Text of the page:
Seems like we may be at an impasse, but I'll go ahead and respond
Then write your own generics.
There is absolutely no way that any generic I wrote would contain the minute details of the prisoner law or PALs on TNWs. I'd have to crazy lucky to happen to have put that in the brief if I didn't know about those cases ahead of time.
You could make the argument that the AFF would require a reevaluation of the congressional budget, since it has already been decided upon; they'll likely try to fiat their way out of it though. A better strategy would be to refute the case on other grounds -- be creative; there's always more than one way beat a case and no case is perfect for that reason.
Sure, it's possible (though quite hard) to win without refuting that point. But the point is, debates become pretty stupid if the entire thing is Neg's legit DAs vs Aff's erroneous harms that are based on a false claim about the status quo. I'd rather debate about reality than Aff's fictitious idea of reality.
You don't need to be "that specific" to win. Specs are good to have, but they are not necessary; that's my point. No debater has a "right to specifics!" in a given round; hence, we shouldn't start exhorting teams to "be open". The NEG has a no more a right to my AFF than the Green Bay Packers have rights to see the game-day plans of the New England Patriots.
Right, you don't have a RIGHT to specifics, but it does improve the quality of debate by having people argue about reality rather than a fictional world.
You and I disagree on what "quality debate" looks like, so it seems. I do not think that pre-meditating an entire debate round so that everyone plays off of their frontlines is "quality debate"; academic debate is an exercise in critical thinking and logical reasoning, not a congressional deliberation (if you take a look at how much critical thinking and logical reasoning goes into a congressional "debate", I think you'll see my point... ).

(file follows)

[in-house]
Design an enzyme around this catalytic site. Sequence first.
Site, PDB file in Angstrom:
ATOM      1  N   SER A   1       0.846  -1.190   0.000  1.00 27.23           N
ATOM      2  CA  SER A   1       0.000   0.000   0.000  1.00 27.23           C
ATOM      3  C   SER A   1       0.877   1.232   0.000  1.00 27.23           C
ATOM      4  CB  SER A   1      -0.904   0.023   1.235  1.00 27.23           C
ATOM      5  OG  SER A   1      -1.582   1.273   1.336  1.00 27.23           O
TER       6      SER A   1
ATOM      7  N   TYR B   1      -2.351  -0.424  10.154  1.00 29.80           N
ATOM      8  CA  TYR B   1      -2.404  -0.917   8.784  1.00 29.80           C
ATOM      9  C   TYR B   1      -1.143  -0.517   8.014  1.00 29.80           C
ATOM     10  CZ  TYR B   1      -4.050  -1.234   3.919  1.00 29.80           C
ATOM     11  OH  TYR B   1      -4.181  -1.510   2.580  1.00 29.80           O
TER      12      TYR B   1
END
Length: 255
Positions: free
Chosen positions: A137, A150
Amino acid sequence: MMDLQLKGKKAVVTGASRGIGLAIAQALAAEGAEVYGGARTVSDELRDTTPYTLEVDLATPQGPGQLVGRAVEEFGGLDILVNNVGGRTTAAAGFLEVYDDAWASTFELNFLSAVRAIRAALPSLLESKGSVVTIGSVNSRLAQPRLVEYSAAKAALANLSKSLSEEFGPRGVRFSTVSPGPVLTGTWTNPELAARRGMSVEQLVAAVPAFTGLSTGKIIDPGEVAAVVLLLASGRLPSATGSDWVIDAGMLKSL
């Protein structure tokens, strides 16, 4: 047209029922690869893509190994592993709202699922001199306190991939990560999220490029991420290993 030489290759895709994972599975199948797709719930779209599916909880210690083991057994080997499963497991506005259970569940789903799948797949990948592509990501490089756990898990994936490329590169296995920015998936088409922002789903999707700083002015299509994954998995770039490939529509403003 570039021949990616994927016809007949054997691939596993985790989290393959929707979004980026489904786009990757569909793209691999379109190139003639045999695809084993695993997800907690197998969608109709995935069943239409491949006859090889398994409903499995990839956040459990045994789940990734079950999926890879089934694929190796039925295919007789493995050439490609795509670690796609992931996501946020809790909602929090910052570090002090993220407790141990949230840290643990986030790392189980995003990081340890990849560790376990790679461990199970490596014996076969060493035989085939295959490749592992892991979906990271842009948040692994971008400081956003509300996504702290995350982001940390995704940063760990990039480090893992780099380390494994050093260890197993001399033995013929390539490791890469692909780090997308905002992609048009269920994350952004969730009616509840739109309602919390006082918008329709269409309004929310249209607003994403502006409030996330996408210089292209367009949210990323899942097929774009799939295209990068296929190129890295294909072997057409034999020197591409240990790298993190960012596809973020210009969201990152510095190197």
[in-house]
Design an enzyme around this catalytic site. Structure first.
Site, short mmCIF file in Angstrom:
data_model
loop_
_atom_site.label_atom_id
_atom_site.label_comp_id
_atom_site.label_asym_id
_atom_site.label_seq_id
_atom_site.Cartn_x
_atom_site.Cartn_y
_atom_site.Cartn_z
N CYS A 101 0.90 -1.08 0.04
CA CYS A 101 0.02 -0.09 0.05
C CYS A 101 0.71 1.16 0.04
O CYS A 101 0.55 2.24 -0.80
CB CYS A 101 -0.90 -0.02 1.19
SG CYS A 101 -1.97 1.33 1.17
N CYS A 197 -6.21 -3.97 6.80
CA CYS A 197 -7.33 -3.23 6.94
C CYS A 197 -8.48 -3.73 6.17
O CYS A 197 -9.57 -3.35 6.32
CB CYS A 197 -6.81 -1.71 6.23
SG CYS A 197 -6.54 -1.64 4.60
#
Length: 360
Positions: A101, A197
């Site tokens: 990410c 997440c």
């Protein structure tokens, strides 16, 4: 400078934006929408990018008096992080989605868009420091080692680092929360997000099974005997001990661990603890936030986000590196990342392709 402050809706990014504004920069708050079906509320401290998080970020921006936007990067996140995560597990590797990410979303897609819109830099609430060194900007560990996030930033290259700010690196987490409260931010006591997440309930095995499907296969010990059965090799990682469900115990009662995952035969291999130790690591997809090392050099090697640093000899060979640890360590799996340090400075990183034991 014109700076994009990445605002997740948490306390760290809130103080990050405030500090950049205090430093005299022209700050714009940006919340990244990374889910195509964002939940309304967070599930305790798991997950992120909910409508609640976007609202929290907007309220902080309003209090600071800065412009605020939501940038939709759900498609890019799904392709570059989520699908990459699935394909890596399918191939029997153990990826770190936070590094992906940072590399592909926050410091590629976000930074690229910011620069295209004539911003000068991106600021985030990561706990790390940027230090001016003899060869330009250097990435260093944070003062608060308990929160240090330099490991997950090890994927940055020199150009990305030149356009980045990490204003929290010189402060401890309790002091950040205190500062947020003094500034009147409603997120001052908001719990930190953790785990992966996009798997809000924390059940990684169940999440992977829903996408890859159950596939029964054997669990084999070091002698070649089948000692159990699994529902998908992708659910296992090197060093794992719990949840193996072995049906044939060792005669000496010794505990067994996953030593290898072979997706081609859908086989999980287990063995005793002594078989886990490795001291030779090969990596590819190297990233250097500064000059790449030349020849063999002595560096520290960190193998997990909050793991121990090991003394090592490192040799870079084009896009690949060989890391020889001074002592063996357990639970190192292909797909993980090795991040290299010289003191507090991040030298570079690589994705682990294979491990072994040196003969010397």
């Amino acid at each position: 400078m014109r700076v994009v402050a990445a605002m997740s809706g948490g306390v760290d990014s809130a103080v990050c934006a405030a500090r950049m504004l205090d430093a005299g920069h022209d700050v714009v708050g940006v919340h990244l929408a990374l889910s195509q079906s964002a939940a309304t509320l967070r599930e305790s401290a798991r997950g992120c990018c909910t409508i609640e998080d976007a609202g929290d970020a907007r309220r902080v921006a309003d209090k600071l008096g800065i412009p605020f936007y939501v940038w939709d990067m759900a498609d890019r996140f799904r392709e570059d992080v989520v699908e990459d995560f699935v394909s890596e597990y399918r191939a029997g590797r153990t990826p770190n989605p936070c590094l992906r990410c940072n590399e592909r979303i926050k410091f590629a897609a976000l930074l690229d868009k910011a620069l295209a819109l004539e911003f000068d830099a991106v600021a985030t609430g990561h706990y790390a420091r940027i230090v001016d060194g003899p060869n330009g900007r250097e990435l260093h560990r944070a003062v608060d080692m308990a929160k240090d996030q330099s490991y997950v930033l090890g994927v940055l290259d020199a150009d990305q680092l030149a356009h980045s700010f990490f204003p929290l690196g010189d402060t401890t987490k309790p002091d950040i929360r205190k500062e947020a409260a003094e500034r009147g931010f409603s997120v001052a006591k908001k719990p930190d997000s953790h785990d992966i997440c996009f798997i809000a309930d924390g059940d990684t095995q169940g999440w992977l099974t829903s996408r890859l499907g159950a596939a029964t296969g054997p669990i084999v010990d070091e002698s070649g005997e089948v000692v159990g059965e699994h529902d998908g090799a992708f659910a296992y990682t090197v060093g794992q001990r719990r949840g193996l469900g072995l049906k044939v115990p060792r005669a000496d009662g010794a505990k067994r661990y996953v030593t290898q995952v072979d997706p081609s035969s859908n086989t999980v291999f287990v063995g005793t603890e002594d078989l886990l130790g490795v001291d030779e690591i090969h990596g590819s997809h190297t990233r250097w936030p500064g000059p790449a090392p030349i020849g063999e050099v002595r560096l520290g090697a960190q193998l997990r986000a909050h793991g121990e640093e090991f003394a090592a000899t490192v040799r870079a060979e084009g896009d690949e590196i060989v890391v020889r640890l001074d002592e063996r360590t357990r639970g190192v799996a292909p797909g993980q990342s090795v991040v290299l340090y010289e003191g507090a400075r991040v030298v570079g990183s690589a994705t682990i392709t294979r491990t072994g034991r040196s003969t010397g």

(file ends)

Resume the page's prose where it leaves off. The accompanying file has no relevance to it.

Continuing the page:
1) As I previously mentioned, I think people can be TOO open. I'm not saying that everyone should know every minute detail about everyone's cases, merely that they should know what cases peopel are running.
2) Congressional debates are pretty high quality last I checked.
Who determines the "strongest D/As"? The D/A my brother/partner ran in our last outround at nationals was the deciding issue for one of our judges and he had no evidence to support it; this can be contrasted with the D/As from certain sourcebooks that have evidence and yield nothing in the round. Evidence is by no means an indicator of a "strong D/A". D/As are predicated upon ideas; if you have an idea better than that of a PhD, then you should be given due credit (and victory) based on that idea.
All I know is, from my experience, the strongest DAs by far are case specific and not at all general. OF course you can win a few ballots with super general DAs, but they usually have very theoretical impacts, and therefore do not appear as powerful as Aff's harms. I can't think of a single case that has more significant generic DAs to it than case specific DAs.
I mean, take TNWs for instance. What generic stuff can you run against that? Maybe some really weak DAs about relations or soft power or something, both of which can easily be refuted by Aff. You need to know about it in order to come up with anything very powerful against it.
To sum up my position, I think it's perfectly possible to have excellent debate rounds where one team runs a squirrel. However, I don't see why a debate with less detailed, more general arguments from neg, and arguments based on erroneous "facts" from aff, is higher quality than a debate that covers every aspect of the case, down to the tiny details. A debate where neg has no evidence is a restricted debate.
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